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I have been working at AISIN World
Pros – Amazing benefits. Very understanding (if somewhat incompetent) management. The company is doing well and it feels wonderful to be on a winning team. Everyone is moderately friendly. It is a relatively stress-free environment. As AWA is very successful company that is growing at a great pace, the usual worry of losing one's job is nowhere to be seen. The Japanese generally don't fire people, they just won't promote you and shun you in the hope that you'll leave on your own. It is a very lean company, so you get to know everyone and work with almost every department no matter what you do. The Japanese element (most of the employees are Japanese) is interesting, if a little hard to get used to. The Japanese are reserved but usually pretty friendly once you break the ice. Their disposition is usually cheery and some of them are downright hysterical. Some of the younger ones are especially great to talk to despite their somewhat flawed English (or Jaenglish as it is sometimes called in the office).
Cons – The higher level Japanese management are somewhat frustrating. They favor Japanese employees for promotion regardless of actual output. Most of them are on-loan from Japan and you sometimes wonder whether or not they actually want to be in America. Some of their tactics make no sense, but it might be because I am biased (as an American), but as we are dealing with the American market, it would seem as though some of their steps are a little faulty. You are expected to do a good job and when you do, it is taken very stoically without much praise. Conversely, when you do something bad, it is not confronted or addressed, so sometimes people don't even know they've done poorly until much later. It takes a LONG time to get anything done. The Japanese are VERY VERY cautious and slow when it comes to decision-making. Due to this, promotions are usually few and far between and if any higher-level positions do open up, it is likely they'll yank someone from Japan long before they'll hire an American. The Japanese also HATE taking responsibility for something without some sort of collective decision making committee. The politics of the company are extremely hard to pick up on. Everything is very subtle, beneath the surface and cloak-and-dagger-esque. No one makes bold power-plays and the Japanese especially use ridiculously subversive tactics to achieve their different agendas. Oh, and they hate change. Any aberration from the norm is discouraged. Sadly, there is some odd segregation within the company in an American vs. Japanese sort of way. Some of the Americans are less inclined to be friendly with the Japanese and form this "us versus them" mentality and visa-versa. The cliquey-ness of the different cultures isn't too bad, but it gets obnoxious from time to time. And, on a completely shallow note: unfortunately, the people are Aisin aren't very attractive. There are a couple handsome younger guys out of college and a few attractive women (who are in the mid 30s or so), but that's. Everyone else is old, fat, or extremely obnoxious.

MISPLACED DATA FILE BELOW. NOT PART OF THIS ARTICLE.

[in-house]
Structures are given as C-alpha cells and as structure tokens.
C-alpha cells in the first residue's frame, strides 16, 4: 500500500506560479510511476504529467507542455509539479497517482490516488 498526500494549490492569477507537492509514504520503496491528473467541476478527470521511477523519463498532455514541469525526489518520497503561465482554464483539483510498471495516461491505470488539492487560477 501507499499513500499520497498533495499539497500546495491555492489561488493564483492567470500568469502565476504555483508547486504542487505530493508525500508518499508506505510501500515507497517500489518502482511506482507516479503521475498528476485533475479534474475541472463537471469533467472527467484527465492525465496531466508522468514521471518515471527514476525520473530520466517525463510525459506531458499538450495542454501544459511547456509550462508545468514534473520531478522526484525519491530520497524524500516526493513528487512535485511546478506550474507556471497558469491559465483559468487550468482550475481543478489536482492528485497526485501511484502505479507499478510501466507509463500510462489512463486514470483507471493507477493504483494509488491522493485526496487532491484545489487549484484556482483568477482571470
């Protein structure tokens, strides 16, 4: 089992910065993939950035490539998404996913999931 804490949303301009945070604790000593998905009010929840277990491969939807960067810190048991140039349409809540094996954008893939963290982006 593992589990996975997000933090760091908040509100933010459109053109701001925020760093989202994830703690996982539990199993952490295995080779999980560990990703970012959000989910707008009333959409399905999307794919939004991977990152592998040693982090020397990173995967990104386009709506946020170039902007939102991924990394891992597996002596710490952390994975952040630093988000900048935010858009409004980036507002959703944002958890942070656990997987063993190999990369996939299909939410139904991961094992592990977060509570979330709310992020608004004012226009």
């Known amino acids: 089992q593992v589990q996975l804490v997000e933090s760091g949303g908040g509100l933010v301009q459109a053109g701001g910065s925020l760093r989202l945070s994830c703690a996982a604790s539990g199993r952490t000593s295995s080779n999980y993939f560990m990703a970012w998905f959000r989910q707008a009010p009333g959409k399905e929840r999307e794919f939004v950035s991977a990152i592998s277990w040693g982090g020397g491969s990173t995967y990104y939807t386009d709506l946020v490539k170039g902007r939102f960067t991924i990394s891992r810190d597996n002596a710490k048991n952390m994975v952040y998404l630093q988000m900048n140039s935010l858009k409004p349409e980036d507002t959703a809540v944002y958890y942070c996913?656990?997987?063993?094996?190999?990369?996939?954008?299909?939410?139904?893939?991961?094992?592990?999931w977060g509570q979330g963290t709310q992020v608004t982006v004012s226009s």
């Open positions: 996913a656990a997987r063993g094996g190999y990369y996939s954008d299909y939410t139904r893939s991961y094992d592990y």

Advice to Senior Management – Most of the upper-level management are Japanese and the few that aren't, wish they were. The President (Don Whitsitt) is a very intuitive guy that is sharp as a tack. He's pompous, arrogant and kind of nit-picky, but he does his job well and he has so far been pretty good for the company in the short-term. If he's up for the task of making AWA a successful, long-term force remains to be seen. He has yet to prove himself in any long-term strategic gains. I have the feeling that a majority of the success the company has seen since his coming on-board might just be the successful wake of his predecessor that he hasn't cleared yet. Despite being an American in a Japanese run company, he appears to keep his head about him and acts very independently of what his Japanese over-lords (sic) might 'suggest'; which I definitely appreciate. But whether or not that's a good thing is unknown. Japanese management has made this company pretty successful over the years and it is questionable if American leadership can do good things. It is a definite fact that American automotive companies are doing extremely poorly right now (early 2008); we can only hope that Don Whitsitt, despite being American, can stay well away from the usual American auto-industry pitfalls and screw ups. Should he do so, he will lead AWA into even more success.
Yes, I would recommend this company to a friend
2008-06-11 20:11 PDT
I have been working at AISIN World full-time for more than a year
Pros – the only pro that I can think of would be that you can be lazy for a while not doing anything but keep your job
Cons – terrible working environment, Human Resources act like high school children, they only hire very young people with no experience right out of college, no team building, an overall sense of lack of direction.
Advice to Senior Management – what's the point they wouldn't listen.
No, I would not recommend this company to a friend
2014-02-20 06:26 PST
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